CAPTCHA's (Completely Automated Public Turing Test to Tell Computers and Humans Apart) are problematic, as they are often difficult for humans to read and relatively simple (with a little soft-hacking) for spammers to gain control. Fortunately, there is some innovation occuring in the CAPTCHA market, the latest of which is Captcha The Dog, a program that uses a random sequence of nine images (not letters or numbers) to foil spambots.
“Essentially it’s a game of ‘which one of these things is not like the other?’ A visitor must correctly select the one dissimilar image correctly 5 times in a row. The process is easy for humans, takes a few seconds, and is highly effective in deterring would-be spammers," said developer Daniel McMullan. “The key is that the site owner uses his or her own personal images.” McMullan says the images could be dogs and cats, trees and flowers, cars and trucks, trucks and flowers, or whatever the site owner chooses. He says that even when a human trains a spambot that is based on the site owner’s nine images, that spambot will only succeed once. “As soon as one spam gets through, a new image is integrated—that spambot now needs retraining.”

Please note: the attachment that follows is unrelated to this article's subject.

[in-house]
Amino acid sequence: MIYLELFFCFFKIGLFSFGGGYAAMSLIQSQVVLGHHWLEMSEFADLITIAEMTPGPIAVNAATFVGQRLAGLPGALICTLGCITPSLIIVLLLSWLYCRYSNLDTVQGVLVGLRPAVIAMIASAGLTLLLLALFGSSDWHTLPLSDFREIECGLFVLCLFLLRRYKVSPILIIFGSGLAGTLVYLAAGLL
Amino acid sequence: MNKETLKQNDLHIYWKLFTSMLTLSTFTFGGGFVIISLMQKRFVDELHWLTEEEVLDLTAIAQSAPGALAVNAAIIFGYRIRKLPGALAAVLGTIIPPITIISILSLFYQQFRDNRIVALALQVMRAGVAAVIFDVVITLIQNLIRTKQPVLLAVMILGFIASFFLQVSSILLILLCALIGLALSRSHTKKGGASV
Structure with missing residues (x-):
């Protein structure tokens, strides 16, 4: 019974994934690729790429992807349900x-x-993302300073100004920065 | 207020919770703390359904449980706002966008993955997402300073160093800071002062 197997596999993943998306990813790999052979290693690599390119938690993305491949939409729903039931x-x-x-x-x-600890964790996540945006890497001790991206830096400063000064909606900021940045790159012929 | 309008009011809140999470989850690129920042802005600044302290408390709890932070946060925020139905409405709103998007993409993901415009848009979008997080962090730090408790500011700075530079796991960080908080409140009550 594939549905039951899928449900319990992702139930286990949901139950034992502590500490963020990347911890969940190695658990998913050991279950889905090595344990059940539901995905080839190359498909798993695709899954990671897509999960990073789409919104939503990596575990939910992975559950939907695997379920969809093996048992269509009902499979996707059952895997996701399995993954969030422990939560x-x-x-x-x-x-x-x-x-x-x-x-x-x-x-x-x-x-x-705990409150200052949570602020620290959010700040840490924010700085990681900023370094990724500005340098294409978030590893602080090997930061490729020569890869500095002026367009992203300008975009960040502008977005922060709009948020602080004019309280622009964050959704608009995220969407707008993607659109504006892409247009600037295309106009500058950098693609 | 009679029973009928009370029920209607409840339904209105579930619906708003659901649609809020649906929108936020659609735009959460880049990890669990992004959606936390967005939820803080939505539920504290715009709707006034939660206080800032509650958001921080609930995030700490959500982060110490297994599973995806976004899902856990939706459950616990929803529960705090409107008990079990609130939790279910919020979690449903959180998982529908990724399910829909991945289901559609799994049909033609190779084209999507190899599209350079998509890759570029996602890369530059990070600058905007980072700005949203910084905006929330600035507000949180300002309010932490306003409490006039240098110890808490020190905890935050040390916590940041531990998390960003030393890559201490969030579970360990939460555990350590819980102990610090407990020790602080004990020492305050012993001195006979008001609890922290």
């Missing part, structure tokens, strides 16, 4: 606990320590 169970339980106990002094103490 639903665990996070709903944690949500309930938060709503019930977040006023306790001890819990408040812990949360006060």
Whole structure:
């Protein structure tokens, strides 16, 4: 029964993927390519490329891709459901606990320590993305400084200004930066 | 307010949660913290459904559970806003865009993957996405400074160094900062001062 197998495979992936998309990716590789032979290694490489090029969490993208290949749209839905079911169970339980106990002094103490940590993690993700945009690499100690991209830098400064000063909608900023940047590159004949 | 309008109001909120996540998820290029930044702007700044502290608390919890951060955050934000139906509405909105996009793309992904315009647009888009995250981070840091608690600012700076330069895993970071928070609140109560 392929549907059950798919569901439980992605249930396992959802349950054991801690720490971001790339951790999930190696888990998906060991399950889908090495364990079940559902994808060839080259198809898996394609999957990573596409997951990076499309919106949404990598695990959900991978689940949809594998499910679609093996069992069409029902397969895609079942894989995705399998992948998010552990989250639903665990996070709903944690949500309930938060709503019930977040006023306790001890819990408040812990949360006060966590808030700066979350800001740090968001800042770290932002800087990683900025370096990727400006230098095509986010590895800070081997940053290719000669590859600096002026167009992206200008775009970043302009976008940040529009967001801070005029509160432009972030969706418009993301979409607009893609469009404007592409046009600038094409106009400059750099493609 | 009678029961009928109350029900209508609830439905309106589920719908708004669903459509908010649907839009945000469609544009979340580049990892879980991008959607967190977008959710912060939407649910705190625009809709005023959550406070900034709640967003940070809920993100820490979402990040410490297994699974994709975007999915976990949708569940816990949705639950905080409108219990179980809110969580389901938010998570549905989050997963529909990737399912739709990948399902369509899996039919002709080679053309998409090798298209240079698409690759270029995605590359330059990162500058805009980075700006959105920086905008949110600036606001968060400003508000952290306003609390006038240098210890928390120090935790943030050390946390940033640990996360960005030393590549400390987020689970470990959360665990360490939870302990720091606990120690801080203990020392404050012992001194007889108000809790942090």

A free trial of McMullan’s CAPTCHA THE DOG application is currently available at: captchathedog.com. Users who want to deploy their own images, can set up a one-year customized CAPTCHA THE DOG account for $25.